So What Happened to Film Noir?

Noir films were popular in the Fifties and then basically disappeared in the Sixties.

What happened? TV.

Many of the themes and motifs of film noir were appropriated by television.

Noir strongly influenced popular Sixties TV shows such as “Naked City,” “Peter Gunn,” “The Fugitive,” “The Twilight Zone,” “Alfred Hitchcock Presents,” and “87th Precinct.” In fact, basic noir themes and motifs became incorporated into many of the cop/private detective programs of the Sixties, just as (with a few notable exceptions) noir was disappearing from the movie screens. What happened was that the noir protagonist became the bad guy on the cop show.

Even Don Siegel’s version of “The Killers” was originally intended for network television (it was the first made-for-TV movie), but the network deemed it too violent so it ended up on the big screen.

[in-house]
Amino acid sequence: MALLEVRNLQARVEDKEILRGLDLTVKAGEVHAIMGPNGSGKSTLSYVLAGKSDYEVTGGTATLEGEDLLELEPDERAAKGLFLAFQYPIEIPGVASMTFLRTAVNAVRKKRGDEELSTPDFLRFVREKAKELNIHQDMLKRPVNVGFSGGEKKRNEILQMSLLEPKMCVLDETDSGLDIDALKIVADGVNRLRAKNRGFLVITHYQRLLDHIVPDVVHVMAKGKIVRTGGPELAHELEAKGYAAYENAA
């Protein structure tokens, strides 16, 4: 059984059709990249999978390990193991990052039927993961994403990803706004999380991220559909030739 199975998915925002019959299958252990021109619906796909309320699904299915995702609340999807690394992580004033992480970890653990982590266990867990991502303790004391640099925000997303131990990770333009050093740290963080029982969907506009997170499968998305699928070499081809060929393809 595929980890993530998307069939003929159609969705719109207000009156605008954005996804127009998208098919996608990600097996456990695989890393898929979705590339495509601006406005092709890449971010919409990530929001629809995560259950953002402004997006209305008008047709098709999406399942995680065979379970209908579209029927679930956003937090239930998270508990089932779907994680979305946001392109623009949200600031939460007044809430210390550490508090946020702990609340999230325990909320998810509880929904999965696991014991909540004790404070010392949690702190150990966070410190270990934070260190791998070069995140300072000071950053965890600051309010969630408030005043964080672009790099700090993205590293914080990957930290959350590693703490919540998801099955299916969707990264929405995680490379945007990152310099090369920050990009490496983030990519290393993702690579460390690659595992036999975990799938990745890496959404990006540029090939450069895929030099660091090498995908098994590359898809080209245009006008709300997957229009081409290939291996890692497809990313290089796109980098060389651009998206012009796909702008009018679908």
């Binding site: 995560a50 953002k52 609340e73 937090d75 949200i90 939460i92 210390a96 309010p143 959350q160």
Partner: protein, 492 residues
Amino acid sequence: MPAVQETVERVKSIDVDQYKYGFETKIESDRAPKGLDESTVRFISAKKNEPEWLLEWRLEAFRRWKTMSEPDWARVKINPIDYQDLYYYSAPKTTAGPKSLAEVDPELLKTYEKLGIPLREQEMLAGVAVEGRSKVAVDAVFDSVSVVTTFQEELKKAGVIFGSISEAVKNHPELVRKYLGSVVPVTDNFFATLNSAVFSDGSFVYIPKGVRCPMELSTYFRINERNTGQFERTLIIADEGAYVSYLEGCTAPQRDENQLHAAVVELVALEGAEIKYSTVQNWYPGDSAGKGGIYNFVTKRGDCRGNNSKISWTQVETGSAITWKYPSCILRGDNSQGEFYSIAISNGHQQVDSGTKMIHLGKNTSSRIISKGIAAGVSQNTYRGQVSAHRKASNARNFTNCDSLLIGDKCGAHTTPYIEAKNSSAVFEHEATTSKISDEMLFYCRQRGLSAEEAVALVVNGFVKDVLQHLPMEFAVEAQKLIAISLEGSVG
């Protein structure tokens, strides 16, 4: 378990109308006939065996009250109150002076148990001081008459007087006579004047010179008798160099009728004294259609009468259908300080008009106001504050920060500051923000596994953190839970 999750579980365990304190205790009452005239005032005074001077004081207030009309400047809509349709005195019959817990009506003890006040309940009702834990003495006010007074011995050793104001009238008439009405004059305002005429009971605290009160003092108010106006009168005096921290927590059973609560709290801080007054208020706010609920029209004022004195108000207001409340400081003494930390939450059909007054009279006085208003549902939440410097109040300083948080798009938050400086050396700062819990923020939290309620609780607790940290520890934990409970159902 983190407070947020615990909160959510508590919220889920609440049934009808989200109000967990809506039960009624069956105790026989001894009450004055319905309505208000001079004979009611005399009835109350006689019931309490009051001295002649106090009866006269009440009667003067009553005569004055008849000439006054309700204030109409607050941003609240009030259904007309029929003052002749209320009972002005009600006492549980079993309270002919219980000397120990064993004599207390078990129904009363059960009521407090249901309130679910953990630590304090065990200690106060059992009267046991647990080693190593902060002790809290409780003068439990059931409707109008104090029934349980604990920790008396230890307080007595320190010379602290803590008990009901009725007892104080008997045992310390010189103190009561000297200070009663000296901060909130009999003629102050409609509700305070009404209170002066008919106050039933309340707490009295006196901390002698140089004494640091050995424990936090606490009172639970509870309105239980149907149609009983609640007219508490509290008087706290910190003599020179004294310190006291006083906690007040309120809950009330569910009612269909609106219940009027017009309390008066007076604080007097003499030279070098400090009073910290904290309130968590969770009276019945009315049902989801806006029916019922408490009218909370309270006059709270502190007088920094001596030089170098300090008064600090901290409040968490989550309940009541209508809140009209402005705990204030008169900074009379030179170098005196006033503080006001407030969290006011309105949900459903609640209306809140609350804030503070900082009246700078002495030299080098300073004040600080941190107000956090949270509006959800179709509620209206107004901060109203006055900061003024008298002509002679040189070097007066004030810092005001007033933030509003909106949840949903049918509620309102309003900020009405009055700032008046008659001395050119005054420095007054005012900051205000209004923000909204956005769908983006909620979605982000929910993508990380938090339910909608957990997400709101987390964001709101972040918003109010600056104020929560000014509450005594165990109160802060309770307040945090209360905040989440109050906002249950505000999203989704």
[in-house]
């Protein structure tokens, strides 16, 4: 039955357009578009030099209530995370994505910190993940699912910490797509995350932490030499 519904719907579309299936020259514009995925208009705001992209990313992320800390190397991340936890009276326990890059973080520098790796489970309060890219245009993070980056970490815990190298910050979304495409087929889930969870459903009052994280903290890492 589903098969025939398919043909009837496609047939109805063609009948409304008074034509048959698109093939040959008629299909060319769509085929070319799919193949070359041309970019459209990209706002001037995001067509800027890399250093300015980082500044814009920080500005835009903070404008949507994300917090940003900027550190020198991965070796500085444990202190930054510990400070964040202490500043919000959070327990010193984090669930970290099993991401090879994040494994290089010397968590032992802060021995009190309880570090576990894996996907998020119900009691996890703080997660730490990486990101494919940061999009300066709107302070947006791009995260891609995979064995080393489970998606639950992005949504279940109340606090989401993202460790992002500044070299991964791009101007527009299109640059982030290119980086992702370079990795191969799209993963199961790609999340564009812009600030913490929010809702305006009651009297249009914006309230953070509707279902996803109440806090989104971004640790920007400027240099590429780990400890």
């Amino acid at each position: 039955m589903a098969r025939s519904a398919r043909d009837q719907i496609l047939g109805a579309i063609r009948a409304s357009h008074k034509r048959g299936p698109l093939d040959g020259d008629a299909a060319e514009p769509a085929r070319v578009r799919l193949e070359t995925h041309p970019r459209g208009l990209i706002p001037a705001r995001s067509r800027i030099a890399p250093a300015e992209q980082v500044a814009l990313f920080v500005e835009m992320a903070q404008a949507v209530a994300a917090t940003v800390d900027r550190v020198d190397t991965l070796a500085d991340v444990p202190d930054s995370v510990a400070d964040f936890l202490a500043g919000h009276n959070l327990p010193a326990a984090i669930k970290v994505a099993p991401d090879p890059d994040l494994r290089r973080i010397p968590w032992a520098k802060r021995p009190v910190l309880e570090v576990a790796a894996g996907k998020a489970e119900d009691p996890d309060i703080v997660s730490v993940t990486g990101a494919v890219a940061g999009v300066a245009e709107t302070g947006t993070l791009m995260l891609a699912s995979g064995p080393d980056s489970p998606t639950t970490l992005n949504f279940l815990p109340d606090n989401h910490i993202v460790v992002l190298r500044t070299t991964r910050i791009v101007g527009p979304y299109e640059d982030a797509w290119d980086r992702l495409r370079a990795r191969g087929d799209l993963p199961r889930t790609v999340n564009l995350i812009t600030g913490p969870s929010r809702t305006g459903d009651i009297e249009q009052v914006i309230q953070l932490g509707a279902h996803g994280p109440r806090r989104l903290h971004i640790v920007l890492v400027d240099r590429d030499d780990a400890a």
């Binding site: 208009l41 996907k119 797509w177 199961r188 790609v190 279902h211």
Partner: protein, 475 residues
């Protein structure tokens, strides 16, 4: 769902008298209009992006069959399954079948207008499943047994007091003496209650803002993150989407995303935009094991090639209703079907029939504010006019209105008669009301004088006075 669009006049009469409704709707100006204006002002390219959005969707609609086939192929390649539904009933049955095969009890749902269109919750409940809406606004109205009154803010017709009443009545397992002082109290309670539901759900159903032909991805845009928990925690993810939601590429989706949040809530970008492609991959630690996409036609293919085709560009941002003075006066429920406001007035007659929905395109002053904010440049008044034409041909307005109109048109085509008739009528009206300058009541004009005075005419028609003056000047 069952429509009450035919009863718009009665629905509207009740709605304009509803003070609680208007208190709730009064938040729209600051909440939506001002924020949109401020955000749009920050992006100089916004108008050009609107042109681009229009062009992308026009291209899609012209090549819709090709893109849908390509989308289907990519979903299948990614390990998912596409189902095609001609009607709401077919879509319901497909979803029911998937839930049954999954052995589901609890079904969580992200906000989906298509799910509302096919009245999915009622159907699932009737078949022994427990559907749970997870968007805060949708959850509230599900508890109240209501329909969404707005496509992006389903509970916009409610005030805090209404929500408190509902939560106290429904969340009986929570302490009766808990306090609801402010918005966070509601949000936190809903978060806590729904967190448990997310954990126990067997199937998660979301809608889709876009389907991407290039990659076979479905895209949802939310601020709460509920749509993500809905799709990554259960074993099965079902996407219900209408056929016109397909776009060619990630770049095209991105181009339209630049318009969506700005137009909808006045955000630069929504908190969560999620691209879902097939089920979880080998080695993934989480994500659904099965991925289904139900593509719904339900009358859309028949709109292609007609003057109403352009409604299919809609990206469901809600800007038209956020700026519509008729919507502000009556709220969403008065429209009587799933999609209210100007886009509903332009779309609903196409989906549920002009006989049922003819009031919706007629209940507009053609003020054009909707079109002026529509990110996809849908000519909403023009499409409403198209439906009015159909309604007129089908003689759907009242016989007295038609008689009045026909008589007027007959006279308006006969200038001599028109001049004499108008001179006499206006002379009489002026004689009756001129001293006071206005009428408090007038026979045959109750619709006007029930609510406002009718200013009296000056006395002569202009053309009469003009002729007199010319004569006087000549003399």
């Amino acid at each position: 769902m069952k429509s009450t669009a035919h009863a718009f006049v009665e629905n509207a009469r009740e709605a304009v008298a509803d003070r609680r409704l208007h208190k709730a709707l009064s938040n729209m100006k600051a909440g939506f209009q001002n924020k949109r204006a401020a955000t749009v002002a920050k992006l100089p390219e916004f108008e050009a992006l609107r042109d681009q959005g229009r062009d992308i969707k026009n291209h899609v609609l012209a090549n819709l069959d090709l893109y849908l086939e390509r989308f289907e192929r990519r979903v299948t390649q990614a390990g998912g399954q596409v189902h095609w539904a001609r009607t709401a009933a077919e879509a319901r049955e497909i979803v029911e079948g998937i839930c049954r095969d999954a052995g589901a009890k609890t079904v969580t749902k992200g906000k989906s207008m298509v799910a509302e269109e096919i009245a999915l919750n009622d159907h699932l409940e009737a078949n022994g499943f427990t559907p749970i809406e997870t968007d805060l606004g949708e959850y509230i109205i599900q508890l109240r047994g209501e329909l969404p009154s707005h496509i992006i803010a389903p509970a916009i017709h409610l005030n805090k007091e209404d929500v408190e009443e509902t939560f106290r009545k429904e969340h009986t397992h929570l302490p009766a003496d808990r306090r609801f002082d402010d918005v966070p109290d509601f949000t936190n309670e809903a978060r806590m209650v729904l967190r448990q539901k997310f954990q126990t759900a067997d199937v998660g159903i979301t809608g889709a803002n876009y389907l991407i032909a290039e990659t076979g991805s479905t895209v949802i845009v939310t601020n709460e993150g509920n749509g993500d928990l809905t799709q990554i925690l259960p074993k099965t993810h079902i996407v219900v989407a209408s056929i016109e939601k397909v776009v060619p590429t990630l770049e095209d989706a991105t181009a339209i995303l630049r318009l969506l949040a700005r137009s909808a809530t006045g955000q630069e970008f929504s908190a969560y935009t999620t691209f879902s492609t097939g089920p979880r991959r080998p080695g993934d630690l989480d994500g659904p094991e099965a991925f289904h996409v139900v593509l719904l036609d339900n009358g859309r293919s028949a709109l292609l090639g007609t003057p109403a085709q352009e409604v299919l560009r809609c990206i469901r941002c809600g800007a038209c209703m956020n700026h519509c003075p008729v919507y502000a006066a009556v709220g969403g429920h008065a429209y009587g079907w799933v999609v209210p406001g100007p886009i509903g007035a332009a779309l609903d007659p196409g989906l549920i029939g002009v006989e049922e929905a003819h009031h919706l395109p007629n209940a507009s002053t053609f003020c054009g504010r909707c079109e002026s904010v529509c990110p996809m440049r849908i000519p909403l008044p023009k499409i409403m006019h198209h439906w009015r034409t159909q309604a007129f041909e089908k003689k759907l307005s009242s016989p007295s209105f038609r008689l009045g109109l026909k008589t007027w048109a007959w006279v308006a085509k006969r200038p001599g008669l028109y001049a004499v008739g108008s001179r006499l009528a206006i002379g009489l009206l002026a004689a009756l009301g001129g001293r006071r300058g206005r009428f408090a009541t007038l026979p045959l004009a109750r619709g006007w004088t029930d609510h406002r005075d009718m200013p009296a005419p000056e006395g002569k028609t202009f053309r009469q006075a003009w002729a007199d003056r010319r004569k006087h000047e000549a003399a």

Ronald Reagan and Angie Dickinson in “The Killers”

Noir, so called neo-noir, did make a comeback in the early Seventies. In the wake of Vietnam, the assassinations of JFK, RFK and MLK, Watergate, and the Church Committee (which revealed CIA involvement in assassinations both home and abroad as well as extensive research into mind control), the nation was ripe for a wave of dark, paranoid conspiracy thrillers and that’s what they got in movies such as “The Parallax View,” “Klute,” “Chinatown,” “The Conversation,” “Marathon Man,” and “Three Days of the Condor.” The protagonists tended not to be as flawed as in traditional noir, although things still often ended up badly for them. Another difference is that instead of antagonists who are small time criminals or scheming femme fatales, the bad guys tended to be very rich or powerful or part of a national or even international conspiracy. More conventional neo-noirs of the period included “Get Carter,” “The Killing of a Chinese Bookie,” “The Friends of Eddie Coyle,” and “Charlie Varrick.”

Eventually, the dark shadows of noir got washed away by “Star Wars” and a wave of comic-book movies filled with optimism and good feelings. A new president was about to be elected, one promising morning in America, and the fatalism and pessimism of film noir fell out of fashion again.